As to the iMac, it is just too expensive, although the 27" model isn't too bad, considering the monitor size and resolution, but still expensive.

I bought my 24" iMac, when Apple switched to Intel, back in 2006. Back then, the iMac cost about 15-20% more than an equivalent Windows desktop PC with a 24" monitor.

The problem is, the normal PC & monitor prices have plummeted in the mean time, whilst Apple's have continued to rise.

One of the reasons I ended up buying a Sony Vaio Core i7 laptop this time round, it cost less than half the price of a 17" MacBook Pro, had more memory and more processing cores, plus Blu-Ray...

By big_D on 16 Aug 2010

Be open-minded


I think reviews of Apple products have their place in PC Pro. I prefer PCs myself and don't own one Apple product but it doesn't hurt to keep abreast of what's going on in the other camp. It's also not like Apple releases a product every month so hardly the space of PC Pro is threatened with these products.

I always thought that the difference between a typical PC enthusiast and Apple one is that an Apple enthusiast knows only what is happening in the Apple camp, while the PC one knows about both. If you want to close yourself on Apple product you're becoming an ignorant similar to Apple fanboys.

By ThomasR on 16 Aug 2010

Well I'm a computer enthusiast not a fanboi. This house has an iMac, a FreeBSD server, and two Windows machines. If PC Pro didn't cover the computer market I wouldn't buy it. If you stopped covering enterprise computing I wouldn't buy it either. The Mac reviews should stay.

By c6ten on 16 Aug 2010

Too hot to handle

Last time I used one of these it was too hot to touch after being left on for about 5 hours. It then decided to switch itself off in the middle of a presentation. Definitely need more reviewers to 'live' with the hardware for longer...

By stefani on 18 Aug 2010

PC's or Mac's?

I have been a avid PC user for longer than I can write.
Previous comments are all valid, Mac's are just another form of PC in the truest sense.
I have had the 27in iMac for 8 months,it is a dream.
The benefit to the PC market as some call it is obvious, it stretches boundaries, every product that has been produced that can achieve these standards of performance in such a pleasant way, stretches other manufacturers to do more,
I stll have to other pc's in the form of a Dell XPS 1730 and a Dell Desktop, the Laptop is a sheer beauty, the heat issue with 27in iMac, is only a issue if you touch the back panel, so "DON'T TOUCH IT"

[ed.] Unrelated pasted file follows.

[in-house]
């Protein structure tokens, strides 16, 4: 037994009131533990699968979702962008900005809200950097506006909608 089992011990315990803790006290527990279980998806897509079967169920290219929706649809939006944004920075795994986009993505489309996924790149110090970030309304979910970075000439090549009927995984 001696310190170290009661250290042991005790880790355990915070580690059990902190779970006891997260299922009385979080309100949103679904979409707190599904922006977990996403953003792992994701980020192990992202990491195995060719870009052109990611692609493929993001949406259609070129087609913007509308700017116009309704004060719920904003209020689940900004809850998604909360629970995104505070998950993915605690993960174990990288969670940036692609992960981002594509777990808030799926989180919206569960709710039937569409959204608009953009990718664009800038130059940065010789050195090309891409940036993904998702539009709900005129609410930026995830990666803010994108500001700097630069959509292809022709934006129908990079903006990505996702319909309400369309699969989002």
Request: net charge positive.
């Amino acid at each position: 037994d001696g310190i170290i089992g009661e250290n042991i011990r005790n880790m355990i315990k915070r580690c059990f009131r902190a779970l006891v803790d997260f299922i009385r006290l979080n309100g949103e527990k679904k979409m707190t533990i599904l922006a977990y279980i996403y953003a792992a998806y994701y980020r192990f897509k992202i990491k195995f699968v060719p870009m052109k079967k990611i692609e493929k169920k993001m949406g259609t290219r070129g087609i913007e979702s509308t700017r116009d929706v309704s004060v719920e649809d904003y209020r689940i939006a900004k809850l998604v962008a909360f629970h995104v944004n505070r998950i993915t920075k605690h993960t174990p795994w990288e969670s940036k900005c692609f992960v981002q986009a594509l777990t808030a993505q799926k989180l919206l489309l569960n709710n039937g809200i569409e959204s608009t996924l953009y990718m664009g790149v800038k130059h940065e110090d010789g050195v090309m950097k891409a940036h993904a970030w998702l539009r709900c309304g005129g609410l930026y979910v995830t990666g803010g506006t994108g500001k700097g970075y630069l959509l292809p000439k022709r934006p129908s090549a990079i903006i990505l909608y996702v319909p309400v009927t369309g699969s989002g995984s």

By smurf60 on 19 Aug 2010


To answer the question, why is PC Pro reviewing a Mac?

It may have escaped your notice that this iMac is definitely a "Personal Computer", a PC in other words.

When the magazine changes its title to "Windows Pro" your point will then be valid. Until then, just accept the fact that Mac's are "Personal Computers" too.

By fundraised on 19 Aug 2010

Not entirely convinced.

Can I boot off any PC OS dvd and install it without any cludges or intermediate software?

If so then fair enough. But I find it difficult to accept OSX as a 'PC' OS until it is realeased into the wild to run on as many hardware variations as Windows et al.

By Tomble2 on 19 Aug 2010


I must have missed the OSX review in there somewhere.

By Shuflie on 9 Sep 2010

PC = Windows???


How embarrassing to admit that you have been suckered by Microsofts hijack of the term PC (just like they hijacked the PC market).

And how amusing that you that you should imply that Windows beats anything in the functionality stakes! As we all know Windows is the most hacked, virus-ridden, buggy piece of software out there. I feel for you dude.
Real work? You are an office secretary, aren't you? Thought so.

By Loquela on 7 Oct 2010

Screen resolution beyond usability

The pixels are 0.23mm, your eyes hurt after couple of hours of use, the glossy screen and the fact that you're seeing everything what's behind rather then what's on the screen doesn't help. But mainly it's the pixel size - things like videos and images embedded in websites that you can't change the size of become major problem. I'm selling mine after 6 months of use - arrived here to see what other all-in-ones are available and been surprised to see the iMac come on top.

By hiedk on 24 Dec 2010


I have just ordered one of these and with these review I hope I have not made a big mistake.

By jean12 on 15 Jan 2011